When Norman Hapgood became editor of Collier's in 1903, he attracted many leading writers. In May 1906, he commissioned Jack London to cover the San Francisco earthquake, a report accompanied by 16 pages of pictures. Under Hapgood's guidance, Collier's began publishing the work of investigative journalists such as Samuel Hopkins Adams, Ray Stannard Baker, C.P. Connolly and Ida Tarbell. Hapgood's approach had great impact, resulting in such changes as the reform of the child labor laws, slum clearance and women's suffrage. In April 1905, an article by Upton Sinclair, "Is Chicago Meat Clean?", persuaded the Senate to pass the 1906 Meat Inspection Act.
Starting October 7, 1905, Adams startled readers with "The Great American Fraud", an 11-part Collier's series. Analyzing the contents of popular patent medicines, Adams pointed out that the companies producing these medicines were making false claims about their products and some were health hazards. Hapgood launched the series with the following editorial:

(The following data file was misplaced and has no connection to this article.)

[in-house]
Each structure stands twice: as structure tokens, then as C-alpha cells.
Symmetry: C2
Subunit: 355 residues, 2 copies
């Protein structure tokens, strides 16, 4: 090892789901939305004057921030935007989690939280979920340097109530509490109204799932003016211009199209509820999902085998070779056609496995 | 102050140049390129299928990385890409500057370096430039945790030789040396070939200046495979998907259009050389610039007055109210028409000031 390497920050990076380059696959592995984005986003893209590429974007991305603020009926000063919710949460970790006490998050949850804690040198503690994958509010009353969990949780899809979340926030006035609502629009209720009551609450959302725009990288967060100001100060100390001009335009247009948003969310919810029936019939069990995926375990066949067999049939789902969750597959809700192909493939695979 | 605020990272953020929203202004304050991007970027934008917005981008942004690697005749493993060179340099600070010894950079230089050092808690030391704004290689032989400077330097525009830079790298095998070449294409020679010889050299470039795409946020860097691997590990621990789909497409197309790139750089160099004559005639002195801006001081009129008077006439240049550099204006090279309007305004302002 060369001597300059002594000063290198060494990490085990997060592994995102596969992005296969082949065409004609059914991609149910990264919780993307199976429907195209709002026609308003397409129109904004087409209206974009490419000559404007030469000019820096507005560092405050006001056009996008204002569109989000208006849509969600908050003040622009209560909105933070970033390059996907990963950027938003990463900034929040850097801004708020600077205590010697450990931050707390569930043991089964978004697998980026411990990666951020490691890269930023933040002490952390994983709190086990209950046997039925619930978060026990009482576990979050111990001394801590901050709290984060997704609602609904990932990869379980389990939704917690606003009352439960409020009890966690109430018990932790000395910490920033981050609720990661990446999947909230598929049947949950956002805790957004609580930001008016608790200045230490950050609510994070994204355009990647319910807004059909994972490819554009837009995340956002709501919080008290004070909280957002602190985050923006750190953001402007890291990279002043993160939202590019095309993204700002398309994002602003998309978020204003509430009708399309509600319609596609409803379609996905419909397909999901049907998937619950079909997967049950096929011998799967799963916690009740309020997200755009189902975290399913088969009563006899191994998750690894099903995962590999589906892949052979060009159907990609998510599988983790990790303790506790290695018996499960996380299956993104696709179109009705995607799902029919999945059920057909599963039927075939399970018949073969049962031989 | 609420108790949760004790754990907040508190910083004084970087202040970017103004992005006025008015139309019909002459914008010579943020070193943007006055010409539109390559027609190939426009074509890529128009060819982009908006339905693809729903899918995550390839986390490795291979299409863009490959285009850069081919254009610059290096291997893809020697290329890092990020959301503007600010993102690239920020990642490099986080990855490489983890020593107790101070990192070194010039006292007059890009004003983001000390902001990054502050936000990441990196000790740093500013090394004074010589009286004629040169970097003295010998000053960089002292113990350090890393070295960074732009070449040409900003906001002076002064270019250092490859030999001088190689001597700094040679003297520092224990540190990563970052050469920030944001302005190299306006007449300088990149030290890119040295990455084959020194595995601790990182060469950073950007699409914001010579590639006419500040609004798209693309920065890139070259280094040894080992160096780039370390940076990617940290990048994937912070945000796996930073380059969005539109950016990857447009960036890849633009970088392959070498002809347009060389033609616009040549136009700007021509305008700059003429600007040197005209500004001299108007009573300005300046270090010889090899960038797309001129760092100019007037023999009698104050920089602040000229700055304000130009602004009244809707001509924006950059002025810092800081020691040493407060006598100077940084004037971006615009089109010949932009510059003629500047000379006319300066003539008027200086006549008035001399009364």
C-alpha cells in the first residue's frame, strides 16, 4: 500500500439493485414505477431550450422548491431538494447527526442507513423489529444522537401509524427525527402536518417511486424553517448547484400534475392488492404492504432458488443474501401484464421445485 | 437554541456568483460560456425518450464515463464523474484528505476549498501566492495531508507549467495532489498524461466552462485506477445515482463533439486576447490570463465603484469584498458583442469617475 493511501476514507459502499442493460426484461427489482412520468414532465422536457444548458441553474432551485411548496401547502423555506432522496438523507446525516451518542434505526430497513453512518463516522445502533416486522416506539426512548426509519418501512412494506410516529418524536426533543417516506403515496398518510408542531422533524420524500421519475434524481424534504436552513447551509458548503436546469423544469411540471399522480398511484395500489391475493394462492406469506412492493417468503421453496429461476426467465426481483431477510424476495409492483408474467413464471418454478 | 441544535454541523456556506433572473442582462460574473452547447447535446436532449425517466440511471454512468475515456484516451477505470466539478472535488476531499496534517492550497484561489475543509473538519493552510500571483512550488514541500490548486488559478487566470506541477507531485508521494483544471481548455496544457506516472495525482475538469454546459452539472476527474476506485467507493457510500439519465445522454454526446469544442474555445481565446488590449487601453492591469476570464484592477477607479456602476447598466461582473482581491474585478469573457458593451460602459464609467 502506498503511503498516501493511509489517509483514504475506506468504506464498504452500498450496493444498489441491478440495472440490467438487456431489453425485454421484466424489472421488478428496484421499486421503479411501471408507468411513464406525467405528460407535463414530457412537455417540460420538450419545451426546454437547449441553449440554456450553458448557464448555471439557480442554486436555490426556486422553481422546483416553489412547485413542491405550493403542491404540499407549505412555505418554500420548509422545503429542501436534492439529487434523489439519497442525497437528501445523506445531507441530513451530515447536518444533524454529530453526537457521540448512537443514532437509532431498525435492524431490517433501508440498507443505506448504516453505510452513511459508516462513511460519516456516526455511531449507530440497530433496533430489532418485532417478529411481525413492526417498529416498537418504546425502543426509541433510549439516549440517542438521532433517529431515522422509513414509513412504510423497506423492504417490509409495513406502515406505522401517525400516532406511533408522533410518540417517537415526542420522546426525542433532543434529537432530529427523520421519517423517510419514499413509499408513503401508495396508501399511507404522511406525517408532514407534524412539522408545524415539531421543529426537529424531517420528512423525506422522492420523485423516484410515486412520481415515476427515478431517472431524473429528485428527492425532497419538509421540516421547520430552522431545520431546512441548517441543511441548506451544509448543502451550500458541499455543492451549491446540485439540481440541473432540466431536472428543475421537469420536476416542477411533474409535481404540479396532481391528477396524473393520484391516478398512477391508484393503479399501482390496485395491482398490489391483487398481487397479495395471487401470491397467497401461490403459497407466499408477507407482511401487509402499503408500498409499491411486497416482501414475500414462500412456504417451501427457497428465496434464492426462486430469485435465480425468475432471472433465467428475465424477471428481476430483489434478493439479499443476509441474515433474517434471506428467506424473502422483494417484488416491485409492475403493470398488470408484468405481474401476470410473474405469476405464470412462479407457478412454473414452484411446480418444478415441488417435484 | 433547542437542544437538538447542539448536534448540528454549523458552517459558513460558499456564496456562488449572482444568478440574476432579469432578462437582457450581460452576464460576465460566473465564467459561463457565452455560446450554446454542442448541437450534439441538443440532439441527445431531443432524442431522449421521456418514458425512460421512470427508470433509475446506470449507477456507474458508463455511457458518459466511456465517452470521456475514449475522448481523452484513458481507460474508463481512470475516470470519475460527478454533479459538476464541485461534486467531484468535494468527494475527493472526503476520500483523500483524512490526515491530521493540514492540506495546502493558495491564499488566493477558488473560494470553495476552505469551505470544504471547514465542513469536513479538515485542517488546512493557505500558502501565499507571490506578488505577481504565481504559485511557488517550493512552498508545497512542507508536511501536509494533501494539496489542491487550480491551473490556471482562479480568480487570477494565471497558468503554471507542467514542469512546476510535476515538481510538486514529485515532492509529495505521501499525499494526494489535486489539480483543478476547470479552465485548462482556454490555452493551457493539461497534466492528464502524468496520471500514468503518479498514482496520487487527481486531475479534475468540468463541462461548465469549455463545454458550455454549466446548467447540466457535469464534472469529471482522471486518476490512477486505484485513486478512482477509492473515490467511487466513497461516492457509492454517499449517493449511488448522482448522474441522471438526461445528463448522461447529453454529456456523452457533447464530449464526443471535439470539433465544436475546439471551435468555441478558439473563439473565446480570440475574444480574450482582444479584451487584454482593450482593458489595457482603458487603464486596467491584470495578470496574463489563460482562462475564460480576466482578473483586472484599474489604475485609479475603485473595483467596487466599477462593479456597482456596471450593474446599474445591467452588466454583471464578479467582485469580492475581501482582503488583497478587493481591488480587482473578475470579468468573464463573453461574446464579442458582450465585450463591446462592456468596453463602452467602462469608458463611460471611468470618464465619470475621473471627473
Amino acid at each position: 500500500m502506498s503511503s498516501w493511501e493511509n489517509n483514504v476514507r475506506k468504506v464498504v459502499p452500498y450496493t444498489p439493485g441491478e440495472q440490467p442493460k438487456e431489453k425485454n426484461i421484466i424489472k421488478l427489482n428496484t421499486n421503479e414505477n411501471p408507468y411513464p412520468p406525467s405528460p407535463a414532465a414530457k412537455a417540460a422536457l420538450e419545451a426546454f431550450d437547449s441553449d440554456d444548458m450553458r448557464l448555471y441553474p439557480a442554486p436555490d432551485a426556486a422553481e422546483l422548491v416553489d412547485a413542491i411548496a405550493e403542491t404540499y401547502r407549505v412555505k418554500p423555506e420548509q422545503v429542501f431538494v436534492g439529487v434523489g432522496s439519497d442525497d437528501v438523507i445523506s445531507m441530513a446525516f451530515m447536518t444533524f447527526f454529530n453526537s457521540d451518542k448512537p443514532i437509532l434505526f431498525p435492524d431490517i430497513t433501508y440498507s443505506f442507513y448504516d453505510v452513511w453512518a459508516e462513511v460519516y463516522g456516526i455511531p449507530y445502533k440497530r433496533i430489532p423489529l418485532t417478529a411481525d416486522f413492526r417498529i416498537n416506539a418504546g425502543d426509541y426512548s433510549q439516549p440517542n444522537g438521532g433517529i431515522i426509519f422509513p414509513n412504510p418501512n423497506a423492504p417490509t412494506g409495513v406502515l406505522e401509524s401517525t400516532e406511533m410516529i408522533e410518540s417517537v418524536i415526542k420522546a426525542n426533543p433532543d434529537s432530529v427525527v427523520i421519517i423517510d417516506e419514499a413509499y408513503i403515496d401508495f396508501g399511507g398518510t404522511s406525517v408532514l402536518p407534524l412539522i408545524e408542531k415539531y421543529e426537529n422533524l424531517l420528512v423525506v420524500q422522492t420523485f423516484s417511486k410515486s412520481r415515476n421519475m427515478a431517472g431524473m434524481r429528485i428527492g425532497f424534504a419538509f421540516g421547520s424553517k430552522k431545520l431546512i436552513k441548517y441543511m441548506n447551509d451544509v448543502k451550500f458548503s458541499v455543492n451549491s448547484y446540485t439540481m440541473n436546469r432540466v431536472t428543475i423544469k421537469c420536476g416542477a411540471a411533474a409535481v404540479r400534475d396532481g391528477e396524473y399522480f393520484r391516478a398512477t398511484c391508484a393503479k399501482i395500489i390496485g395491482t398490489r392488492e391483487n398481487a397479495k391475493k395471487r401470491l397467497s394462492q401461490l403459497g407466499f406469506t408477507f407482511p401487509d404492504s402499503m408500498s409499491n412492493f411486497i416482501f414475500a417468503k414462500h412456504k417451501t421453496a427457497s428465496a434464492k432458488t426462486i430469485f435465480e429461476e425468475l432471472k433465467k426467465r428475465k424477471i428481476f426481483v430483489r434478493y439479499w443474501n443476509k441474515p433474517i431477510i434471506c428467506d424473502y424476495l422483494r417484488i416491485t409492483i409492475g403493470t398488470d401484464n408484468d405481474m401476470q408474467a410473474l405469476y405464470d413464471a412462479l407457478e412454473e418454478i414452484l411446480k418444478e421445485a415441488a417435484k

In the present number we print the first article in "The Great American Fraud" series, which is to describe thoroughly the ways and methods, as well as the evils and dangers, of the patent medicine business. This article is but the opening gun of the campaign, and is largely introductory in character, but it will give the reader a good idea of what is to come when Mr. Adams gets down to peculiarities. The next article, to appear two weeks hence, will treat of "Peruna and the 'Bracers'," that is, of those concoctions which are advertised and sold as medicines, but which in reality are practically cocktails.